Figure 1: Source: mtholyoke.edu
You’d think Japan could get “busy” and produce more children but even that’s problematic. The country has one of the lowest birthrates on the planet. Many young Japanese simply don’t want romance — let alone children.
In fact, many Japanese don’t even want sex.
As reported by CNBC, one AFPstudy reported that 36.1% of teenage boys between the ages of 16 and 19 have no interest in sex. That study in 2010 reflected results that were double the 17.5% reported only two years earlier. Girls are even worse, with more than 59% in the same age group reporting no interest.
Things are so bad according to one study I’ve seen, that at the current birth rate the last Japanese person will be born 953 years from now.
Japan’s debt stands at 200% – 253% of GDP, depending on which studies you read, and is headed in the wrong direction. In fact, it looks like a ski jump that’s three times our own debt burden.
Senior citizens I know are doing everything they can to hang onto their jobs for as long as they can.
As a result, there is literally nowhere for younger workers to go… except into low value “arubaito” or part-time work with no benefits, no promotions and very little economic value to contribute to Japan’s recovery.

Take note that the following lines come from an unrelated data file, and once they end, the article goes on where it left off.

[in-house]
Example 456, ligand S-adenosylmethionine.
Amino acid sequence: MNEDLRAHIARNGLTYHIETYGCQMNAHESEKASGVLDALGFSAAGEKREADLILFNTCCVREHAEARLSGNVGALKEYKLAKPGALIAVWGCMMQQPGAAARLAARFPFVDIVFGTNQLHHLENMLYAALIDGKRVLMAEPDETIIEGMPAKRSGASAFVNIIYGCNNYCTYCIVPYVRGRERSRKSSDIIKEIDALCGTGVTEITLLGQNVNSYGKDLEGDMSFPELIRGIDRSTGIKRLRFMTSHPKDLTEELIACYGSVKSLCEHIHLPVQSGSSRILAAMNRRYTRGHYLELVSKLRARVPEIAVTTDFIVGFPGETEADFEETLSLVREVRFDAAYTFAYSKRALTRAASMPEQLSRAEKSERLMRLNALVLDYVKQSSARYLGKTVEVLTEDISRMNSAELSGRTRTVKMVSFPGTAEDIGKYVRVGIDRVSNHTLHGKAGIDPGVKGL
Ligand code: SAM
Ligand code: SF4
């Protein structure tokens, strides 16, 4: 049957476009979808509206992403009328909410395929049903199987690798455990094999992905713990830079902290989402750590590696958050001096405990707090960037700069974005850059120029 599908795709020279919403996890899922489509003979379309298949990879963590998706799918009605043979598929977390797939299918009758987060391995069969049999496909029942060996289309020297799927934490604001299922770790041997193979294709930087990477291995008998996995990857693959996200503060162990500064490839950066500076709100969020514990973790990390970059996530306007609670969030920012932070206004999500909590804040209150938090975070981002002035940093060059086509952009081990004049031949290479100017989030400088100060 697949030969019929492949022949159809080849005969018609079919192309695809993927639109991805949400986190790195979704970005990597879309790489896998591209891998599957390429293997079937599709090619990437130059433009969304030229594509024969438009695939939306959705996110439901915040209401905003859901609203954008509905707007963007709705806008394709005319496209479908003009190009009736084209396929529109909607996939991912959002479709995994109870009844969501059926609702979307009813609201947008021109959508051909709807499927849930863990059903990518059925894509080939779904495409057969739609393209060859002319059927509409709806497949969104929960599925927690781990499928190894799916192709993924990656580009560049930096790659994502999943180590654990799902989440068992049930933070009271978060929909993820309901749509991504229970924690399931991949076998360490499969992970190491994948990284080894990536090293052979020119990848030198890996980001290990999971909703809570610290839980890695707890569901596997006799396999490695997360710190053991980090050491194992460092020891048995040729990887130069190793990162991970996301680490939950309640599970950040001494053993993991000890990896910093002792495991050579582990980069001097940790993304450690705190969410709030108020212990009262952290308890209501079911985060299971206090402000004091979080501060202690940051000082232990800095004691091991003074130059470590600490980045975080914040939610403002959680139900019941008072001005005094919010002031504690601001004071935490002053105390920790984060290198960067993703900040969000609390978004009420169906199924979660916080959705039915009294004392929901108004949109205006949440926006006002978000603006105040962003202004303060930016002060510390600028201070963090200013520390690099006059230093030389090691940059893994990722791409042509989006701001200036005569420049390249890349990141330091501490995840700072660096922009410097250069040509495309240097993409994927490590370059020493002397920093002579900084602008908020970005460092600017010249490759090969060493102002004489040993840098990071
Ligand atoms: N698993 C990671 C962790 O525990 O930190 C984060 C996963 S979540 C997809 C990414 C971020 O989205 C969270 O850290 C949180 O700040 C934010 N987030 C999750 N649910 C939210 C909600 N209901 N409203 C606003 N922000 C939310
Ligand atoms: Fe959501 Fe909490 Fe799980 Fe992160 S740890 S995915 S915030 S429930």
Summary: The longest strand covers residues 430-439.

My nephew, for example, struggled for years in such a job before getting training and finding work as a mechanic for Mazda.
To be fair, Japanese citizens purchase approximately 95% of Japanese debt. That’s why the country has been able to hang on and has not had its own Greek holiday.
By contrast, we borrow about 50% of our money as a nation from overseas, and we’re dangerously close to our own version of Greece’s meltdown.
But as the number of retirees rises and the number of workers falls, the Japanese government is going to have challenges maintaining this internal funding capacity.
At some point – either because there are not enough debt buyers or rates rise too high – they’ll have to turn to external creditors and interest rates that could easily be double the 1.5% the Japanese government pays lenders now.
At that point, debt payments would consume more than half of all government revenue according to The Atlantic.
And then it’s game over.
So what’s an investor to do? Well for one thing, I sure as hell wouldn’t invest in Japan on anything other than an extremely short-term basis.
Despite the fact that trade deficit numbers may ping-pong back into positive territory in the months ahead, there’s no reversing the current long-term trend.
The notion that the Nikkei is somehow undervalued is naïve if you do not take the population and its effect on debt into account.
While it is true there may be short bursts of growth, there’s no ignoring the fact that the bellwether index is trading at 8,802.51, or 77% below the high it achieved in 1990 and 12% below where it started in 1984.
With very few exceptions, money invested in Japan is going to get trapped there.
That’s why, unless you’ve got money to burn, you can say “sayonara” to Japan.
It used to take years of practice and hours of research to consistently make winning trades in the stock market.